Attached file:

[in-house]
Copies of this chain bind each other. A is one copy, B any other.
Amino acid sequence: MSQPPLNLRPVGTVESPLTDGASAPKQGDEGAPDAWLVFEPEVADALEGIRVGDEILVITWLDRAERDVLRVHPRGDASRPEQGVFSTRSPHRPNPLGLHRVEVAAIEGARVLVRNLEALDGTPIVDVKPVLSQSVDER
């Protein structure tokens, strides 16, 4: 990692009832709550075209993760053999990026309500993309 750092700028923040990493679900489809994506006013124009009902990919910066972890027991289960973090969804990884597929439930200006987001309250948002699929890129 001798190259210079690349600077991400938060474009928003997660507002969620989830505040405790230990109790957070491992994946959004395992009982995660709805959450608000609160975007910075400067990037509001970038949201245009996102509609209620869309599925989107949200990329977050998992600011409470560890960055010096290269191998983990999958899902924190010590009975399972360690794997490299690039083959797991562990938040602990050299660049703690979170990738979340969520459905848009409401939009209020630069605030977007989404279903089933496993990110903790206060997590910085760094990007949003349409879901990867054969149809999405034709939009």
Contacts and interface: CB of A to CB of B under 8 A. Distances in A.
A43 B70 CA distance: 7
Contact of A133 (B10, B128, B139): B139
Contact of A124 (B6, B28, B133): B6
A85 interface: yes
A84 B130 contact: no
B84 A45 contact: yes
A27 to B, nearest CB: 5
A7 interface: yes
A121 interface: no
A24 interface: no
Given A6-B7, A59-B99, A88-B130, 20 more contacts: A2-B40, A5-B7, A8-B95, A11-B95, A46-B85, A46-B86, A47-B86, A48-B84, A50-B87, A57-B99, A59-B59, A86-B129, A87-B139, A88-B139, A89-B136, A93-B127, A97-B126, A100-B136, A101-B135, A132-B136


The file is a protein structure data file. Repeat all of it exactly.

[in-house]
Copies of this chain bind each other. A is one copy, B any other.
Amino acid sequence: MSQPPLNLRPVGTVESPLTDGASAPKQGDEGAPDAWLVFEPEVADALEGIRVGDEILVITWLDRAERDVLRVHPRGDASRPEQGVFSTRSPHRPNPLGLHRVEVAAIEGARVLVRNLEALDGTPIVDVKPVLSQSVDER
């Protein structure tokens, strides 16, 4: 990692009832709550075209993760053999990026309500993309 750092700028923040990493679900489809994506006013124009009902990919910066972890027991289960973090969804990884597929439930200006987001309250948002699929890129 001798190259210079690349600077991400938060474009928003997660507002969620989830505040405790230990109790957070491992994946959004395992009982995660709805959450608000609160975007910075400067990037509001970038949201245009996102509609209620869309599925989107949200990329977050998992600011409470560890960055010096290269191998983990999958899902924190010590009975399972360690794997490299690039083959797991562990938040602990050299660049703690979170990738979340969520459905848009409401939009209020630069605030977007989404279903089933496993990110903790206060997590910085760094990007949003349409879901990867054969149809999405034709939009």
Contacts and interface: CB of A to CB of B under 8 A. Distances in A.
A43 B70 CA distance: 7
Contact of A133 (B10, B128, B139): B139
Contact of A124 (B6, B28, B133): B6
A85 interface: yes
A84 B130 contact: no
B84 A45 contact: yes
A27 to B, nearest CB: 5
A7 interface: yes
A121 interface: no
A24 interface: no
Given A6-B7, A59-B99, A88-B130, 20 more contacts: A2-B40, A5-B7, A8-B95, A11-B95, A46-B85, A46-B86, A47-B86, A48-B84, A50-B87, A57-B99, A59-B59, A86-B129, A87-B139, A88-B139, A89-B136, A93-B127, A97-B126, A100-B136, A101-B135, A132-B136